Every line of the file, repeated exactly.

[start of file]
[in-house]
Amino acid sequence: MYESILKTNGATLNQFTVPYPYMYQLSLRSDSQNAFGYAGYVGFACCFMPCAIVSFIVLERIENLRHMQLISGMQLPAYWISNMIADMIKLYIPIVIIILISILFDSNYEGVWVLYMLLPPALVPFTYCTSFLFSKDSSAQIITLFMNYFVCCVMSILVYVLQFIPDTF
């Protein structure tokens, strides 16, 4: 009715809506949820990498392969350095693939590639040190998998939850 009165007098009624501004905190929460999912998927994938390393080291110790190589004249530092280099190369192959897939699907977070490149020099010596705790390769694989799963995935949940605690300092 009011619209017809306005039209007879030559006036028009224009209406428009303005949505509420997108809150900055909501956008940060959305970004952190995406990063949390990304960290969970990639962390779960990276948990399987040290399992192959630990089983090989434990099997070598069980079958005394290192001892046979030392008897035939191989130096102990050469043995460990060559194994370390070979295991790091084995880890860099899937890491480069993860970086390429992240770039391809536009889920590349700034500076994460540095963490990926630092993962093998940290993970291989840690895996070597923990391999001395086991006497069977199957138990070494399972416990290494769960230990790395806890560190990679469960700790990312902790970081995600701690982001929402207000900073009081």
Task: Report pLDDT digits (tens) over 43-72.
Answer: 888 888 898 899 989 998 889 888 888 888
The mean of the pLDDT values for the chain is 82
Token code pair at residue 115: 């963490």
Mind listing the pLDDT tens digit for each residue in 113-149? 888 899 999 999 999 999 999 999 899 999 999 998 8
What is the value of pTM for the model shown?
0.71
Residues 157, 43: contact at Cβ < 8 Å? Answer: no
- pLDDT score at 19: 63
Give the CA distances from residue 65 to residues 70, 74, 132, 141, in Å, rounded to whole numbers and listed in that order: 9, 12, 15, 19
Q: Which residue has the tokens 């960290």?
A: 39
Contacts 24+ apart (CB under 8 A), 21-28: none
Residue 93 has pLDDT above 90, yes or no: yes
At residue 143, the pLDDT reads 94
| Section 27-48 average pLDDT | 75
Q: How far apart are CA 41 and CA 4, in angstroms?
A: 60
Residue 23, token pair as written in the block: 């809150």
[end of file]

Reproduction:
[in-house]
Amino acid sequence: MYESILKTNGATLNQFTVPYPYMYQLSLRSDSQNAFGYAGYVGFACCFMPCAIVSFIVLERIENLRHMQLISGMQLPAYWISNMIADMIKLYIPIVIIILISILFDSNYEGVWVLYMLLPPALVPFTYCTSFLFSKDSSAQIITLFMNYFVCCVMSILVYVLQFIPDTF
């Protein structure tokens, strides 16, 4: 009715809506949820990498392969350095693939590639040190998998939850 009165007098009624501004905190929460999912998927994938390393080291110790190589004249530092280099190369192959897939699907977070490149020099010596705790390769694989799963995935949940605690300092 009011619209017809306005039209007879030559006036028009224009209406428009303005949505509420997108809150900055909501956008940060959305970004952190995406990063949390990304960290969970990639962390779960990276948990399987040290399992192959630990089983090989434990099997070598069980079958005394290192001892046979030392008897035939191989130096102990050469043995460990060559194994370390070979295991790091084995880890860099899937890491480069993860970086390429992240770039391809536009889920590349700034500076994460540095963490990926630092993962093998940290993970291989840690895996070597923990391999001395086991006497069977199957138990070494399972416990290494769960230990790395806890560190990679469960700790990312902790970081995600701690982001929402207000900073009081």
Task: Report pLDDT digits (tens) over 43-72.
Answer: 888 888 898 899 989 998 889 888 888 888
The mean of the pLDDT values for the chain is 82
Token code pair at residue 115: 């963490």
Mind listing the pLDDT tens digit for each residue in 113-149? 888 899 999 999 999 999 999 999 899 999 999 998 8
What is the value of pTM for the model shown?
0.71
Residues 157, 43: contact at Cβ < 8 Å? Answer: no
- pLDDT score at 19: 63
Give the CA distances from residue 65 to residues 70, 74, 132, 141, in Å, rounded to whole numbers and listed in that order: 9, 12, 15, 19
Q: Which residue has the tokens 């960290």?
A: 39
Contacts 24+ apart (CB under 8 A), 21-28: none
Residue 93 has pLDDT above 90, yes or no: yes
At residue 143, the pLDDT reads 94
| Section 27-48 average pLDDT | 75
Q: How far apart are CA 41 and CA 4, in angstroms?
A: 60
Residue 23, token pair as written in the block: 């809150």